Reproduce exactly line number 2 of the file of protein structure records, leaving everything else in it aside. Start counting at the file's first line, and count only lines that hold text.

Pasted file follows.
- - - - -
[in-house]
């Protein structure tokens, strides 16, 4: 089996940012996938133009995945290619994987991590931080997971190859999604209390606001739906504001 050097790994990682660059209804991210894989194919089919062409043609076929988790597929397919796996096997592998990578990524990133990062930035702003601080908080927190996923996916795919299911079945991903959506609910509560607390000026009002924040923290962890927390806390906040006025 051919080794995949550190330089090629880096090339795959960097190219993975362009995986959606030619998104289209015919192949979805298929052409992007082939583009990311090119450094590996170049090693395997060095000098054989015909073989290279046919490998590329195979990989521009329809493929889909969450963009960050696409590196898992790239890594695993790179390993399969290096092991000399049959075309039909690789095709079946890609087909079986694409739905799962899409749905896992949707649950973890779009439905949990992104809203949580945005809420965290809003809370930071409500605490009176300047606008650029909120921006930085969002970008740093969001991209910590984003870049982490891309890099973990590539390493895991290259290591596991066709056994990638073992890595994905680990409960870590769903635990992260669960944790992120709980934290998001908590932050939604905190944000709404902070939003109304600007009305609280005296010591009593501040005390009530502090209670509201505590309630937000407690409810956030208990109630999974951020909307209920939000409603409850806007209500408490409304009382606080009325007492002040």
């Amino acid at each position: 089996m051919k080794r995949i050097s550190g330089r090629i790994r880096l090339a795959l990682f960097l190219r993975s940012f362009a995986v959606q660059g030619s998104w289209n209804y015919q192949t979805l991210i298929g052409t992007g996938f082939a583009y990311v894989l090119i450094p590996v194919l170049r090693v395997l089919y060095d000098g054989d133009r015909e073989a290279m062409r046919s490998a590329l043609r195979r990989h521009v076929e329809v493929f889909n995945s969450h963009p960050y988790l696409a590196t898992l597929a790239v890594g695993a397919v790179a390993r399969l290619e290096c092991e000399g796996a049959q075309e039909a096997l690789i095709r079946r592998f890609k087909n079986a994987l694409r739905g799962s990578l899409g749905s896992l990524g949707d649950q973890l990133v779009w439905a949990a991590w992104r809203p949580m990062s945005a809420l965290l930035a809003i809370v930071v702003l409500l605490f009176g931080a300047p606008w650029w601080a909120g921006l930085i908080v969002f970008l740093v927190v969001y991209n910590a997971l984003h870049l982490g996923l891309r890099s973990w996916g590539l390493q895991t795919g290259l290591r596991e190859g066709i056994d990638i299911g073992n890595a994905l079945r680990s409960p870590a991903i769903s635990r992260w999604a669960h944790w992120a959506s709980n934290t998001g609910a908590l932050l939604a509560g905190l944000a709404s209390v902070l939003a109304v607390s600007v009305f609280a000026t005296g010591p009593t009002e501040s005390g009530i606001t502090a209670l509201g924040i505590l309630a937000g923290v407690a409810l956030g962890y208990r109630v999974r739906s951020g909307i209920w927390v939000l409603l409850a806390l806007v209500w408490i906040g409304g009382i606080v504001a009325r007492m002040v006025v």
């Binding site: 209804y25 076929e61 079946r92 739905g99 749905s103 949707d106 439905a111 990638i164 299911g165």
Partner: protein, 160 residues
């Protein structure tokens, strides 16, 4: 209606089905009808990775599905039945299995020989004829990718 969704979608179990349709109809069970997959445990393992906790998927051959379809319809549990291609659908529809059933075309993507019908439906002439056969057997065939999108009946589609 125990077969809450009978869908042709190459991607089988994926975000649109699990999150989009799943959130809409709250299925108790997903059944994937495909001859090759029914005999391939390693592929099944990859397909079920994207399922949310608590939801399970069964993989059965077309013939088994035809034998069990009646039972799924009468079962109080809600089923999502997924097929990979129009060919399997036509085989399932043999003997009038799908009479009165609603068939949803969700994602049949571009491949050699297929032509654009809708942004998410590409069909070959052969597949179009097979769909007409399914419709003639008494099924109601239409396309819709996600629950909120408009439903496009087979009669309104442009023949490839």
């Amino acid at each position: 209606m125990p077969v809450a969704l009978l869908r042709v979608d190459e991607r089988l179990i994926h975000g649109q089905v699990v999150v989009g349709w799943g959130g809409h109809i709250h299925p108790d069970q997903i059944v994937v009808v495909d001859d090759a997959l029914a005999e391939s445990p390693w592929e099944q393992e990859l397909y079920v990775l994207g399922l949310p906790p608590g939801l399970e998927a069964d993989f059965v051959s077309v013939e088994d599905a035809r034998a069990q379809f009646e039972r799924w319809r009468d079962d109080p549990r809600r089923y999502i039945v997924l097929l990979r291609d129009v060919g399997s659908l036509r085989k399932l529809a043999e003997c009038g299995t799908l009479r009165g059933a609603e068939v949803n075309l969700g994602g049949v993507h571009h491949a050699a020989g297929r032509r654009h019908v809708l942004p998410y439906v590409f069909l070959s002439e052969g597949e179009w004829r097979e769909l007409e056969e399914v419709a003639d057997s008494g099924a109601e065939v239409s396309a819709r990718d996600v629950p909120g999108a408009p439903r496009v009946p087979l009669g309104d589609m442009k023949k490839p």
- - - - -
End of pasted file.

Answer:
């Protein structure tokens, strides 16, 4: 089996940012996938133009995945290619994987991590931080997971190859999604209390606001739906504001 050097790994990682660059209804991210894989194919089919062409043609076929988790597929397919796996096997592998990578990524990133990062930035702003601080908080927190996923996916795919299911079945991903959506609910509560607390000026009002924040923290962890927390806390906040006025 051919080794995949550190330089090629880096090339795959960097190219993975362009995986959606030619998104289209015919192949979805298929052409992007082939583009990311090119450094590996170049090693395997060095000098054989015909073989290279046919490998590329195979990989521009329809493929889909969450963009960050696409590196898992790239890594695993790179390993399969290096092991000399049959075309039909690789095709079946890609087909079986694409739905799962899409749905896992949707649950973890779009439905949990992104809203949580945005809420965290809003809370930071409500605490009176300047606008650029909120921006930085969002970008740093969001991209910590984003870049982490891309890099973990590539390493895991290259290591596991066709056994990638073992890595994905680990409960870590769903635990992260669960944790992120709980934290998001908590932050939604905190944000709404902070939003109304600007009305609280005296010591009593501040005390009530502090209670509201505590309630937000407690409810956030208990109630999974951020909307209920939000409603409850806007209500408490409304009382606080009325007492002040």